After that time, couples should either agree to extend their marriage or it should be automatically dissolved, she said.

Fifty-year-old Pauli, twice divorced, is a maverick intent on shaking up her male-dominated and mainly Catholic party which has dominated Bavarian politics since World War Two.

"This is about bringing ideas into the CSU and starting a discussion," she told German television on Thursday after she had unleashed a wave of criticism from other politicians.

Former foe Stoiber said she did not belong in the CSU and European lawmaker Ingo Freidrich dismissed her views.

"She is diametrically contradicting our Christian, ethical values," Freidrich said.

Peter Ramsauer, head of the CSU in Germany's parliament, compared Pauli's ideas to "the dirt under your fingernails".

Pauli, who attracted attention earlier this year when she posed for a magazine wearing long black latex gloves, was at the centre of a snooping scandal which eventually led to Stoiber, Bavarian premier for 14 years, saying he would stand down early.

She said his office tried to obtain details about lovers and alcohol consumption to use against her.

The CSU will elect Stoiber's successor as party head at a conference next week. He will be replaced as state premier in early October.

Viewed as a party rebel, Pauli stands almost no chance of winning next week's vote. The contest has been fought mainly between Bavarian state economy minister Erwin Huber and German Consumer Minister Horst Seehofer.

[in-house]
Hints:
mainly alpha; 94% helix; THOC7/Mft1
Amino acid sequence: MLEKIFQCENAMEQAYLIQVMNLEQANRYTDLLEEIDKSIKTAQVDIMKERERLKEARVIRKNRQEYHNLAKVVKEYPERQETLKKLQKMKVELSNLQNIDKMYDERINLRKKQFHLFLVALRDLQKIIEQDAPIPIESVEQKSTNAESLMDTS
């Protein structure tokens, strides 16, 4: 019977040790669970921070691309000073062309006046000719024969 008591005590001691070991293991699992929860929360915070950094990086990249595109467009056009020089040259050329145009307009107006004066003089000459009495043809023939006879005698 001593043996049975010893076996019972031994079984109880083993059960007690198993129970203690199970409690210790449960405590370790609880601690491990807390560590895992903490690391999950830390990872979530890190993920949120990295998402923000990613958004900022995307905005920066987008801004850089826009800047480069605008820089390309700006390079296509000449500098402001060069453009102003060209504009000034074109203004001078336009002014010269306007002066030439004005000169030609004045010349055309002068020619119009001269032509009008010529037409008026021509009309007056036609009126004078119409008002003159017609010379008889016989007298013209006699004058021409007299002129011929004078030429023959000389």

The popularity of Seehofer, a 58-year-old married father of three, has suffered from the disclosure that he had been having an affair with a younger woman who recently had his baby.


Interesting, but it would give one partner a hell of a lot of power. Who gets the money after seven year? The house? The kids?

Not a good system. To similar to Orson Scott Card's Dystopian/Mormon (yeah, I know) Homecoming series, if you ask me (highly recc'd series cept the last one BTW).

And I'm not THAT jaded. It was more of a joke. I think marriage gets a bit of a bum rap because people are getting married a little too quickly these days (note: I said quickly, not early).


Early, too. Most people simply aren't prepared to make that decision in their early or even mid 20's.


I married my wife 4 months and 13 days after meeting her for the first time.

She was 19.


I haven't met too many happy single people.


Of course not.


I haven't met too many happy people.

There, it needed to be said, and although that was a tongue-in-cheek comment, I don't know how inaccurate it really is. A lot of people are pretty depressed it seems, or if they're not, they are at least not particularly happy with their lives. But, that's another thread...


I've met plenty of happy people, both single and married.

Wtf is wrong with all of you? Do you all live in Sweden during the winter of something?


Well looks like we have our answer...it's genetic!!!!